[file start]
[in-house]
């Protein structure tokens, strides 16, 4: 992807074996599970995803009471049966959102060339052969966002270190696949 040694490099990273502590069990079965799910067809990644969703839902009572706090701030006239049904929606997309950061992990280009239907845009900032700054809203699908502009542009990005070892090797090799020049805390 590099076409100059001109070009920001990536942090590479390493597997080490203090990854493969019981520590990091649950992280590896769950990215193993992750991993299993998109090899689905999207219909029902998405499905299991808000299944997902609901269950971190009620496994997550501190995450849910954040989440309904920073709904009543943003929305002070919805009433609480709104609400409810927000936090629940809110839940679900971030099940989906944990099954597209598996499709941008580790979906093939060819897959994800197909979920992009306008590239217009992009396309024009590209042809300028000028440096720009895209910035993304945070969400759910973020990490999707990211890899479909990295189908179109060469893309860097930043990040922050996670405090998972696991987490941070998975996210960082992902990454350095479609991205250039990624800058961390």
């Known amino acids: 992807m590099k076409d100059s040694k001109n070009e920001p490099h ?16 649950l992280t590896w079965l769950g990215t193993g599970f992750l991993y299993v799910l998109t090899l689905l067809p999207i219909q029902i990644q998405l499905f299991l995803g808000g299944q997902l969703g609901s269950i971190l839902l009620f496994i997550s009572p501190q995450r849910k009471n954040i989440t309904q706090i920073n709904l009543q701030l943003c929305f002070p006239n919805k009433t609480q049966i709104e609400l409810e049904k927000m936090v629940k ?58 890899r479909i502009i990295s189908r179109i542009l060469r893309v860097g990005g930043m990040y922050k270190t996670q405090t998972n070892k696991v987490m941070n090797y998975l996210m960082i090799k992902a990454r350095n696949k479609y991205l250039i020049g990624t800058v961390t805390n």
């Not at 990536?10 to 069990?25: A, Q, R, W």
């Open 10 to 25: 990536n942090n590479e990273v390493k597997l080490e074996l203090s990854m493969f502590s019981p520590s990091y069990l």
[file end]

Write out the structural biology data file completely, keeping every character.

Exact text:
[in-house]
């Protein structure tokens, strides 16, 4: 992807074996599970995803009471049966959102060339052969966002270190696949 040694490099990273502590069990079965799910067809990644969703839902009572706090701030006239049904929606997309950061992990280009239907845009900032700054809203699908502009542009990005070892090797090799020049805390 590099076409100059001109070009920001990536942090590479390493597997080490203090990854493969019981520590990091649950992280590896769950990215193993992750991993299993998109090899689905999207219909029902998405499905299991808000299944997902609901269950971190009620496994997550501190995450849910954040989440309904920073709904009543943003929305002070919805009433609480709104609400409810927000936090629940809110839940679900971030099940989906944990099954597209598996499709941008580790979906093939060819897959994800197909979920992009306008590239217009992009396309024009590209042809300028000028440096720009895209910035993304945070969400759910973020990490999707990211890899479909990295189908179109060469893309860097930043990040922050996670405090998972696991987490941070998975996210960082992902990454350095479609991205250039990624800058961390």
């Known amino acids: 992807m590099k076409d100059s040694k001109n070009e920001p490099h ?16 649950l992280t590896w079965l769950g990215t193993g599970f992750l991993y299993v799910l998109t090899l689905l067809p999207i219909q029902i990644q998405l499905f299991l995803g808000g299944q997902l969703g609901s269950i971190l839902l009620f496994i997550s009572p501190q995450r849910k009471n954040i989440t309904q706090i920073n709904l009543q701030l943003c929305f002070p006239n919805k009433t609480q049966i709104e609400l409810e049904k927000m936090v629940k ?58 890899r479909i502009i990295s189908r179109i542009l060469r893309v860097g990005g930043m990040y922050k270190t996670q405090t998972n070892k696991v987490m941070n090797y998975l996210m960082i090799k992902a990454r350095n696949k479609y991205l250039i020049g990624t800058v961390t805390n």
């Not at 990536?10 to 069990?25: A, Q, R, W």
């Open 10 to 25: 990536n942090n590479e990273v390493k597997l080490e074996l203090s990854m493969f502590s019981p520590s990091y069990l």